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Editorial comment - 2009 Vol 13.1

Urban morphological classics?

In most fields of knowledge much of what is published achieves almost immediate oblivion, at least if judged by the minimal citation of it in other publications. Less chastening is the fact that a good many monographs and papers are cited for at least a decade, even two or three decades, after publication: they enter the growing reservoir of knowledge, albeit that in the longer term they are seemingly almost forgotten as individual works. In contrast, just a very few publications achieve a kind of immortality: they live on in the citations of succeeding generations of authors, sometimes even receiving increased numbers of citations over time. Which are these exceptional works in urban morphology?

Despite the development of a large body of research on citations, particularly over the past 50 years, urban morphology has been the subject of little scrutiny in these terms. We await the sort of analysis that will reveal whether the longevity of a few of its research publications and the short life of the majority broadly accord with the findings in other fields (see, for example, Meadows, 2004, esp. pp. 605-7). In the meantime it is tempting to begin to reflect on notable contributions to urban morphology made several decades ago that are continuing to influence the subject today. In fact Merlin (1988) provided a snapshot of the views in 1985 of a dozen ‘international experts’ on contributions to urban morphology, broadly defined, and tabulated the number of their citations of some 50 authors, some already deceased by that time. A quarter of a century on it is of interest to look back at the key publications of some of the authors that were identified in the mid- 1980s and check their previous and more recent citation histories in the ISI Web of Knowledge.

At least three of those authors published the first editions of what are probably their bestknown works at much the same time (Conzen, 1960; Lynch, 1960; Muratori, 1959) and one a few years later (Rossi, 1966). As revealed by the ISI Web of Knowledge, substantially more citations of each of these works have already been made in the 2000s (up to 2008) than in any previous full decade since their publication. This increase is partly a function of the considerable general growth in the number of citing publications over the period being considered. It also reflects changes in the visibility of the works in question associated with the issuing of revised versions and the publication of translations into other languages. However, comparison of their citation histories with those of roughly contemporaneous works does suggest they have exceptional longevity. Over the same period that their citations were increasing substantially those of the monographs by Dickinson (1951), Dyos (1961) and Bobek and Lichtenberger (1966) were decreasing substantially. Of course, comparisons between individual works in different languages in terms of absolute numbers of citations, as distinct from the comparisons of trends being made here, would be misleading owing notably to the fact that the citations compiled in the ISI Web of Knowledge are overwhelmingly in journals published in English.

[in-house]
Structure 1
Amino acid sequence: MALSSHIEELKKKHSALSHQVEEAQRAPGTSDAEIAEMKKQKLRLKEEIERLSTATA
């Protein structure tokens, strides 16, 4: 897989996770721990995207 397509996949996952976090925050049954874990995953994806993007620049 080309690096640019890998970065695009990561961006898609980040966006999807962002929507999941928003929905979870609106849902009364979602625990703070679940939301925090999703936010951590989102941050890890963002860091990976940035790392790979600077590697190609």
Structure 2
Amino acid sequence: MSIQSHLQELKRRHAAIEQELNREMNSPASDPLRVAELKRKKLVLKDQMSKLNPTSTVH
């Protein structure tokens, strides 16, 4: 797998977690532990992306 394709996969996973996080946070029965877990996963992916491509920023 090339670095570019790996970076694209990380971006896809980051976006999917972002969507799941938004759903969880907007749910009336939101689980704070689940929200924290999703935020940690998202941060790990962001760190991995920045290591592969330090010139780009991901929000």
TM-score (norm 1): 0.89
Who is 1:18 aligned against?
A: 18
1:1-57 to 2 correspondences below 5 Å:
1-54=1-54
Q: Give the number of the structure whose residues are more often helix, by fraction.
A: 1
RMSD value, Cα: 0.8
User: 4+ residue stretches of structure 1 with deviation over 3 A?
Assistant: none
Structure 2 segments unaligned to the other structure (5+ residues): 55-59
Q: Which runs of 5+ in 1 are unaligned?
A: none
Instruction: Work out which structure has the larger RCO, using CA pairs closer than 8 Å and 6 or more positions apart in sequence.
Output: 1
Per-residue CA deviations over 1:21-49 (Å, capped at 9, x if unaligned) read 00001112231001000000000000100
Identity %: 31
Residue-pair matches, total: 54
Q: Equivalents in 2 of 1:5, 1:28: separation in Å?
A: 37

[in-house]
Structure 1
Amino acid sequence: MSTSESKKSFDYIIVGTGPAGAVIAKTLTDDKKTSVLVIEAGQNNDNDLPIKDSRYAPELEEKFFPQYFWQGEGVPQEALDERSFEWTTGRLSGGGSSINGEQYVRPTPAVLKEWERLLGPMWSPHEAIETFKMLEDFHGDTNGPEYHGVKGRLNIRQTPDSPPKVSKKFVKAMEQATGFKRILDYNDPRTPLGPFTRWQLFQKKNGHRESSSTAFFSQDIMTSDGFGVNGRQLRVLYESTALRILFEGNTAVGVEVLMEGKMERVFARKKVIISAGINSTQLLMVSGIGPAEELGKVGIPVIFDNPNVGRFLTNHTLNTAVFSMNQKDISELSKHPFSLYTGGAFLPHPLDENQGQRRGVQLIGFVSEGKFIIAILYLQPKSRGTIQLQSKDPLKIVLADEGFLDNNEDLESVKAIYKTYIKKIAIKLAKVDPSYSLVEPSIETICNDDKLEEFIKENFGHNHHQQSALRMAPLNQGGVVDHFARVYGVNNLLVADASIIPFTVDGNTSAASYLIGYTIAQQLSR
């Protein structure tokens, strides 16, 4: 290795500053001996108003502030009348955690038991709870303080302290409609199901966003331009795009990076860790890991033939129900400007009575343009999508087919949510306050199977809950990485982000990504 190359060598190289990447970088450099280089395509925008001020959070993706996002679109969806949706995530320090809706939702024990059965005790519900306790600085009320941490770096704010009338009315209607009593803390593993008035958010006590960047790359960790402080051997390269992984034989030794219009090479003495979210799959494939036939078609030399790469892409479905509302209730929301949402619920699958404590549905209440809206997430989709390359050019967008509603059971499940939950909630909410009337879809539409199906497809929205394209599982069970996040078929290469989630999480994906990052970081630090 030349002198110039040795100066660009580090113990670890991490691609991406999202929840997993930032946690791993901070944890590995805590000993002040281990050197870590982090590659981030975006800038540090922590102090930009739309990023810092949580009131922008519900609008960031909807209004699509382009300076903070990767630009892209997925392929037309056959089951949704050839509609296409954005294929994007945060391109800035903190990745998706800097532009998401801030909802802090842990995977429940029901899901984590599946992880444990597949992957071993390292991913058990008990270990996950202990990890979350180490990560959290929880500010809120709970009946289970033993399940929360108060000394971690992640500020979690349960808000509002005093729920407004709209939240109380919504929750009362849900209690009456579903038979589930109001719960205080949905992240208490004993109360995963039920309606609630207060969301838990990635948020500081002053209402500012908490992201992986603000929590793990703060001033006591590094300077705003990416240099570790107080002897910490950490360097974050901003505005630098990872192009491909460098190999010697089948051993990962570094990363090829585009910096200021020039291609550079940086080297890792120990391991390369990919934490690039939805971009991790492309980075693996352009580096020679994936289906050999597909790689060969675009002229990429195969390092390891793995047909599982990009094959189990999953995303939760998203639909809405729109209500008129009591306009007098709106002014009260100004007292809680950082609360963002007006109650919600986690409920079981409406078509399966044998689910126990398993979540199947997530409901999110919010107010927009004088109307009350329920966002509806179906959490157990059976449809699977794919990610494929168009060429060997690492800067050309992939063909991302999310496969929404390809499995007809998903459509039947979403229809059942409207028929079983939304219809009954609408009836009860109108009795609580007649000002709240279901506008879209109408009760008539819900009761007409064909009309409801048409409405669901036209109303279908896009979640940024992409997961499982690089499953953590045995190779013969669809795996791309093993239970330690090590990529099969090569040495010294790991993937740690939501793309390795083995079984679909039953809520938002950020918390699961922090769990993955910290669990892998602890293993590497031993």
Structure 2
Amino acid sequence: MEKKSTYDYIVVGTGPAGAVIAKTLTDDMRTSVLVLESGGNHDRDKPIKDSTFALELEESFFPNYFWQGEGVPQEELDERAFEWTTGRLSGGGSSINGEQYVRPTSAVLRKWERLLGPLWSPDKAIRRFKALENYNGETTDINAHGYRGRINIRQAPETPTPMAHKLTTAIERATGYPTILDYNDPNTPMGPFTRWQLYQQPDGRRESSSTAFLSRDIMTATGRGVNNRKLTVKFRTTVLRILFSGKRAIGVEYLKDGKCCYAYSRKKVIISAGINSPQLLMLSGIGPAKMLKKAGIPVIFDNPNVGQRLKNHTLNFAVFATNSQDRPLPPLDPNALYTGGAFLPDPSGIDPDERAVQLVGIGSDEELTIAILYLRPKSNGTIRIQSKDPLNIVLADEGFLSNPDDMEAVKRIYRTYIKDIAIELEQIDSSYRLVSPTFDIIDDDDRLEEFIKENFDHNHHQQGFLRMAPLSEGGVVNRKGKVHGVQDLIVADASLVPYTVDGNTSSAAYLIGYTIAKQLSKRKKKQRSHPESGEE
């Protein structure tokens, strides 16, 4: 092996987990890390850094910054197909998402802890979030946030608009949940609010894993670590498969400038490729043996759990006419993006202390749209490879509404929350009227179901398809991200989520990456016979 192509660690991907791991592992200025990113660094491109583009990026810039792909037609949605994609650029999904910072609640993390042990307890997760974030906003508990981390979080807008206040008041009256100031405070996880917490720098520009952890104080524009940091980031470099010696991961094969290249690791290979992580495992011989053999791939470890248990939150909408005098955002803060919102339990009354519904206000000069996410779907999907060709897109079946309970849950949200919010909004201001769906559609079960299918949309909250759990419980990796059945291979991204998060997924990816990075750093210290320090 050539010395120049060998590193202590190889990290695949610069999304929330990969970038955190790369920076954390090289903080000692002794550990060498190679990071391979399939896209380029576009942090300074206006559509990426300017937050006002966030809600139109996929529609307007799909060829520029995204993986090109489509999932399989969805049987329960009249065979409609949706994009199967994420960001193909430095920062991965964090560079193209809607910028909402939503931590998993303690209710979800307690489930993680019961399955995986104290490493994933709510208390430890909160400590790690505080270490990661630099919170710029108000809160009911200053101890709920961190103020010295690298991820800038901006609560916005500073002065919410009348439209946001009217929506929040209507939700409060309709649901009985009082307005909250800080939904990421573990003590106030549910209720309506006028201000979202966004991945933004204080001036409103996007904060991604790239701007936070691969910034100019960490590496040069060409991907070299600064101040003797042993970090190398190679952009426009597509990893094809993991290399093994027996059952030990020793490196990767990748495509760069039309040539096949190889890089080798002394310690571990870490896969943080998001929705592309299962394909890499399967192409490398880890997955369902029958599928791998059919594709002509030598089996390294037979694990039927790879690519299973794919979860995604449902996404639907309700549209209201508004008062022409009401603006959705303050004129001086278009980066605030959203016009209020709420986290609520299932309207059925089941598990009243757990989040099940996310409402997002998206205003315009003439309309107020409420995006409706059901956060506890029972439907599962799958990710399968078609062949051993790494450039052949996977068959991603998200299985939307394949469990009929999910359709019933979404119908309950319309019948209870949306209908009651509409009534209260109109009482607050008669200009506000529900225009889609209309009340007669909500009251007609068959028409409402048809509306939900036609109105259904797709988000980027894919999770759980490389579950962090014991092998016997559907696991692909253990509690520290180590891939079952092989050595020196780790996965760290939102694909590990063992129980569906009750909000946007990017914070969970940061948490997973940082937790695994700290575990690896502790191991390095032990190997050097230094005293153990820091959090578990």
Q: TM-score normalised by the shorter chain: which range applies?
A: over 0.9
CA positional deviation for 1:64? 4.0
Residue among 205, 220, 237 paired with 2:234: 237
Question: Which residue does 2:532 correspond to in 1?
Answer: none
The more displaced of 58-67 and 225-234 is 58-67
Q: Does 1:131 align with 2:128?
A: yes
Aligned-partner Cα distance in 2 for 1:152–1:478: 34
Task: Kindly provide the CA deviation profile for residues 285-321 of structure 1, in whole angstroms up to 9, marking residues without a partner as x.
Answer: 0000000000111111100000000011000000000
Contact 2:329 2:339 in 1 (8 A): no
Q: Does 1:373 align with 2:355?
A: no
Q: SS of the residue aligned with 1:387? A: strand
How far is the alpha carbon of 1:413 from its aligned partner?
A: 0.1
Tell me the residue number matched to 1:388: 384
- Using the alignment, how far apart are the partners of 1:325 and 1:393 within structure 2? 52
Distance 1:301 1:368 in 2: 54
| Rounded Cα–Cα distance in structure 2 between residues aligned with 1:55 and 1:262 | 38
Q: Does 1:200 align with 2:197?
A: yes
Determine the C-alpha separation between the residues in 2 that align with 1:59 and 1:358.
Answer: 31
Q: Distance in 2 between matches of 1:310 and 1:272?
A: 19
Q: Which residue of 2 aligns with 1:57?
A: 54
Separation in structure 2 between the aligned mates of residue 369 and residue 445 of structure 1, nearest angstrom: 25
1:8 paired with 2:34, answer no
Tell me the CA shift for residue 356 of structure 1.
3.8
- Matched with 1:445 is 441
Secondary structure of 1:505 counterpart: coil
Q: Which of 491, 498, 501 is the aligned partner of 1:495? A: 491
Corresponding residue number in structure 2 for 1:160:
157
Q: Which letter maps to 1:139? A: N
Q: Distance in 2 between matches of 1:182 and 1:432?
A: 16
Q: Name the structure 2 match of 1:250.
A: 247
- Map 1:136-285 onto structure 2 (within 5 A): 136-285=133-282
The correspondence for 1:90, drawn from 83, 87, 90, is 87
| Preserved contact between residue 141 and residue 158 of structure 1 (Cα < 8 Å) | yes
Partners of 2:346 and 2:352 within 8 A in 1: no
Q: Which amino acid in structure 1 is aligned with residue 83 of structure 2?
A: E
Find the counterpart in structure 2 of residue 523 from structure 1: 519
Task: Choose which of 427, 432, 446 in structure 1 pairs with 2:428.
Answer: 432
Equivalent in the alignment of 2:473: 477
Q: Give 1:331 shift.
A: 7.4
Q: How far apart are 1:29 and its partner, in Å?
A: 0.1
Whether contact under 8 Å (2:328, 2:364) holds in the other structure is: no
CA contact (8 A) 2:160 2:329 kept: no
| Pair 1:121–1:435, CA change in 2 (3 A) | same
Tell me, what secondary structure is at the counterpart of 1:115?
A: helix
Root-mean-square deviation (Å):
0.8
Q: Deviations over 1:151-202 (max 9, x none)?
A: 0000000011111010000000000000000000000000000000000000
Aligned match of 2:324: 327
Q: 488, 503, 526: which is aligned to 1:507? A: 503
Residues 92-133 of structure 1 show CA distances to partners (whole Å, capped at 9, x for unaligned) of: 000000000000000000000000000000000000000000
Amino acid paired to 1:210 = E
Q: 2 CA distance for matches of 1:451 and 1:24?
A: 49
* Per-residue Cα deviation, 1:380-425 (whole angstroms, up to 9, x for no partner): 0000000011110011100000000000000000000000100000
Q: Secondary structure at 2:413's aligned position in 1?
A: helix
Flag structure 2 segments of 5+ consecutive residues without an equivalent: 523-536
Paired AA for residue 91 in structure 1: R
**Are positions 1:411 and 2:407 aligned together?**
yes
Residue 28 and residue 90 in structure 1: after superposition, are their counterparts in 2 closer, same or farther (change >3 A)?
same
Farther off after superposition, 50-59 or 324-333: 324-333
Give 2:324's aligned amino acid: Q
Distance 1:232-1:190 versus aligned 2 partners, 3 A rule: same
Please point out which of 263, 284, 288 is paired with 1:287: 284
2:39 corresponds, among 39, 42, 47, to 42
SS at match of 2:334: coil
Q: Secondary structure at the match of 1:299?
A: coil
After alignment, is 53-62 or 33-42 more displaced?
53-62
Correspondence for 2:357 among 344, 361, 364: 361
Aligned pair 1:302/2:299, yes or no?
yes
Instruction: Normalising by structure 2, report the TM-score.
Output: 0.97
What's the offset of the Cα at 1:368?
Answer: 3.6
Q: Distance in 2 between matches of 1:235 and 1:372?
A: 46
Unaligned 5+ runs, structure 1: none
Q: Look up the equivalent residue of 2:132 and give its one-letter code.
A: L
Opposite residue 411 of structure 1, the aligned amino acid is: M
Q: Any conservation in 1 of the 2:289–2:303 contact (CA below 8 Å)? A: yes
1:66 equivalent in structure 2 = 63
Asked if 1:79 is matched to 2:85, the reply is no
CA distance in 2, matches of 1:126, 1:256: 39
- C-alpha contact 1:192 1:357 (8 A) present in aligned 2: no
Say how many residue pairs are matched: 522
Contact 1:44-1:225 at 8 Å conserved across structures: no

The variations over time in the extent to which a publication is cited relates to many factors, and there is, no doubt, the stuff here of future contributions to the ‘viewpoints’ section of this journal. In the case of monographs first published as long ago as the mid-twentieth century, a rising incidence of citation in recent decades invites exploration. With regard to Muratori, there are a good many closely connected scholars referring to his work and that of his immediate successors, with Caniggia’s influence being particularly evident. Urban Morphology and ISUF have played a significant part in the recent dissemination of this school of thought. Conzen’s work too has been the source of a distinctive approach, providing, like the work of Muratori, one of the bases for the founding of ISUF. While these aspects of the development of urban morphology are, in broad terms, well known to members of ISUF, the all important conceptual relationships involved, and indeed the connections with the thinking of other notable scholars identified in the mid- 1980s, must surely merit prominent places on urban morphology’s agenda.

From this glimpse of works that might be considered ‘classics’ of urban morphology, at least two interrelated matters become apparent as significant challenges for the field. The first entails the ways in which urban morphology is building upon key works that were already seen to be such a quarter of a century ago: in the case of lines of thought pursued by Conzen, two articles in this issue of Urban Morphology (pp. 5-27 and 29-54) set out some of the thinking that is pertinent to finding effective ways forward during the next quartercentury. The second challenge might be seen as an extension of the first: to explore the relationships between the different sorts of thinking that the ‘classics’ of twentieth-century urban morphology have pursued. Again, this issue of Urban Morphology contains such an attempt (pp. 76-7). The pages of future issues await further responses to these challenges, not least in relation to ‘classic’ approaches to urban form that have hitherto not been well represented in ISUF.


J.W.R. Whitehand